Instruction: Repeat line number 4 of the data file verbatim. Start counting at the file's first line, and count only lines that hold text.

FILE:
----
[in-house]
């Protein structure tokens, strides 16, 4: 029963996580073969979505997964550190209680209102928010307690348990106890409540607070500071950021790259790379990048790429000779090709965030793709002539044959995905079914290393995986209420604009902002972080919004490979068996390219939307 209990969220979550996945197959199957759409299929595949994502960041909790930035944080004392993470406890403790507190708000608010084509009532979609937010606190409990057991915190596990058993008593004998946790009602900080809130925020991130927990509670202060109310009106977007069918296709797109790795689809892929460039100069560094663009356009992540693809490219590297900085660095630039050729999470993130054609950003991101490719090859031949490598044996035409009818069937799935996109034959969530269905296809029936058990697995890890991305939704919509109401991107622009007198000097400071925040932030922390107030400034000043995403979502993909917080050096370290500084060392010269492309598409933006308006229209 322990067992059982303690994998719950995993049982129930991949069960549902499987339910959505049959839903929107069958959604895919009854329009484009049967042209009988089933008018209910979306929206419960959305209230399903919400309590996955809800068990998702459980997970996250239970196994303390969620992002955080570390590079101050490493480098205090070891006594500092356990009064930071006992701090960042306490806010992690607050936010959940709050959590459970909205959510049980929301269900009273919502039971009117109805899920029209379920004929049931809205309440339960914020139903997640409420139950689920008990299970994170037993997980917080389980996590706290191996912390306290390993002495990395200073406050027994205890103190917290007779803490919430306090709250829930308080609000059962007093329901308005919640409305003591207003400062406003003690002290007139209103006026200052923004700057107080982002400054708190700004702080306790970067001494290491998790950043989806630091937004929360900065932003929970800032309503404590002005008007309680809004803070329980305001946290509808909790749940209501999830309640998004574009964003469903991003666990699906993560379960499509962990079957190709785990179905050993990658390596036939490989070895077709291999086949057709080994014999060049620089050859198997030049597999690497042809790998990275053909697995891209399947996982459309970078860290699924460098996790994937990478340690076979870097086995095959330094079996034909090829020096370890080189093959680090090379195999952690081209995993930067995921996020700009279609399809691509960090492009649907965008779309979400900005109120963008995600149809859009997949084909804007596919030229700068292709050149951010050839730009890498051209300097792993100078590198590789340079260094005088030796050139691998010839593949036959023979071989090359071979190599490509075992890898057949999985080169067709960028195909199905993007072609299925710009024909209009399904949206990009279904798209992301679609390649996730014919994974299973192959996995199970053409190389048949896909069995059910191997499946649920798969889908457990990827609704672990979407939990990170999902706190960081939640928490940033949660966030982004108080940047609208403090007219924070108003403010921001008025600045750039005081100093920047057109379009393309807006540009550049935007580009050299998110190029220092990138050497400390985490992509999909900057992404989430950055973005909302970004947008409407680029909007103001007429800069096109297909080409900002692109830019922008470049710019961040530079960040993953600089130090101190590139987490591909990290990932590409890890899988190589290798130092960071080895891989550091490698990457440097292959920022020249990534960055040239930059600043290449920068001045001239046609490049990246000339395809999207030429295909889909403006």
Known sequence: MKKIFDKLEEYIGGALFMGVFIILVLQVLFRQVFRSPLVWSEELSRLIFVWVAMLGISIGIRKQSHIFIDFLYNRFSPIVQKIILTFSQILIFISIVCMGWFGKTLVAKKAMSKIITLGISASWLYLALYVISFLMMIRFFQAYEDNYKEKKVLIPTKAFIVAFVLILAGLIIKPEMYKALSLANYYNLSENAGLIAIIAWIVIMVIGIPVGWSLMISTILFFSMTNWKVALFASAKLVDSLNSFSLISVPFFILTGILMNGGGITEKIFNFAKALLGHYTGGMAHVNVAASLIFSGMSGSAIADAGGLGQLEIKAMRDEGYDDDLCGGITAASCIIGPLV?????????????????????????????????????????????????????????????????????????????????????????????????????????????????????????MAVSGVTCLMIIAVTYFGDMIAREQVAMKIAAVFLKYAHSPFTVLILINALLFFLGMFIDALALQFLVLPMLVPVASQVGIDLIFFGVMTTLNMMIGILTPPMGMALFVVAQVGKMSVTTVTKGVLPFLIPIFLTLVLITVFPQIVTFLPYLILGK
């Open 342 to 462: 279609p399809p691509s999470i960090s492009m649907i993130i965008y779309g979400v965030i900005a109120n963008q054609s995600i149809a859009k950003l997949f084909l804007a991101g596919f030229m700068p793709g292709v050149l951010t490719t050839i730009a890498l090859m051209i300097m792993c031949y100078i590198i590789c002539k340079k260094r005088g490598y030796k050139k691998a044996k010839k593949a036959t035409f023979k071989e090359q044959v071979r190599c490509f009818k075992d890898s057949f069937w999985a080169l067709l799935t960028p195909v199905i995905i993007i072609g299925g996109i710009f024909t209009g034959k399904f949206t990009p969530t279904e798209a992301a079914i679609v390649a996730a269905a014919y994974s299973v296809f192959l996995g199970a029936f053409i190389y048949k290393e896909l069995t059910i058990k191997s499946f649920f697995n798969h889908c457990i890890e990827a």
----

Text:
């Open 342 to 462: 279609p399809p691509s999470i960090s492009m649907i993130i965008y779309g979400v965030i900005a109120n963008q054609s995600i149809a859009k950003l997949f084909l804007a991101g596919f030229m700068p793709g292709v050149l951010t490719t050839i730009a890498l090859m051209i300097m792993c031949y100078i590198i590789c002539k340079k260094r005088g490598y030796k050139k691998a044996k010839k593949a036959t035409f023979k071989e090359q044959v071979r190599c490509f009818k075992d890898s057949f069937w999985a080169l067709l799935t960028p195909v199905i995905i993007i072609g299925g996109i710009f024909t209009g034959k399904f949206t990009p969530t279904e798209a992301a079914i679609v390649a996730a269905a014919y994974s299973v296809f192959l996995g199970a029936f053409i190389y048949k290393e896909l069995t059910i058990k191997s499946f649920f697995n798969h889908c457990i890890e990827a």